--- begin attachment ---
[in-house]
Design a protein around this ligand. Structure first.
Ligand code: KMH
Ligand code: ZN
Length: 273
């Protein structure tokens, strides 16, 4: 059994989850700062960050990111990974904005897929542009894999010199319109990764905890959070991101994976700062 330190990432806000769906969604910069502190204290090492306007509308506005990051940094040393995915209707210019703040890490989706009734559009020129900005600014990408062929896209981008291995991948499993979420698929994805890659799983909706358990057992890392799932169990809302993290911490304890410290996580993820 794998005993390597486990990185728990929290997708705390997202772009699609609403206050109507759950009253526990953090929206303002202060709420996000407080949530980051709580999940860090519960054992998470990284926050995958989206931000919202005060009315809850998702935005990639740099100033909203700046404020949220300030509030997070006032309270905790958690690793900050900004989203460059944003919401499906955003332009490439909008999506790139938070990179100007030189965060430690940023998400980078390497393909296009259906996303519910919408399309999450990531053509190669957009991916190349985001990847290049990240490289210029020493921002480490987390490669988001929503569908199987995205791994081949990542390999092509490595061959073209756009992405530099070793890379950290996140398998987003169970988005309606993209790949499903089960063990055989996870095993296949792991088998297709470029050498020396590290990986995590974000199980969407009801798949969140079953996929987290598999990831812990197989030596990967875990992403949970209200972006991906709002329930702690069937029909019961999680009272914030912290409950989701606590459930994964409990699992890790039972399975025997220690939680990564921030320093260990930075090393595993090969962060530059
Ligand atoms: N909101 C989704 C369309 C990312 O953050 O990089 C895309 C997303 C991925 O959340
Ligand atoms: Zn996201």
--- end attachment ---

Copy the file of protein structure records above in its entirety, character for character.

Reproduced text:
[in-house]
Design a protein around this ligand. Structure first.
Ligand code: KMH
Ligand code: ZN
Length: 273
């Protein structure tokens, strides 16, 4: 059994989850700062960050990111990974904005897929542009894999010199319109990764905890959070991101994976700062 330190990432806000769906969604910069502190204290090492306007509308506005990051940094040393995915209707210019703040890490989706009734559009020129900005600014990408062929896209981008291995991948499993979420698929994805890659799983909706358990057992890392799932169990809302993290911490304890410290996580993820 794998005993390597486990990185728990929290997708705390997202772009699609609403206050109507759950009253526990953090929206303002202060709420996000407080949530980051709580999940860090519960054992998470990284926050995958989206931000919202005060009315809850998702935005990639740099100033909203700046404020949220300030509030997070006032309270905790958690690793900050900004989203460059944003919401499906955003332009490439909008999506790139938070990179100007030189965060430690940023998400980078390497393909296009259906996303519910919408399309999450990531053509190669957009991916190349985001990847290049990240490289210029020493921002480490987390490669988001929503569908199987995205791994081949990542390999092509490595061959073209756009992405530099070793890379950290996140398998987003169970988005309606993209790949499903089960063990055989996870095993296949792991088998297709470029050498020396590290990986995590974000199980969407009801798949969140079953996929987290598999990831812990197989030596990967875990992403949970209200972006991906709002329930702690069937029909019961999680009272914030912290409950989701606590459930994964409990699992890790039972399975025997220690939680990564921030320093260990930075090393595993090969962060530059
Ligand atoms: N909101 C989704 C369309 C990312 O953050 O990089 C895309 C997303 C991925 O959340
Ligand atoms: Zn996201």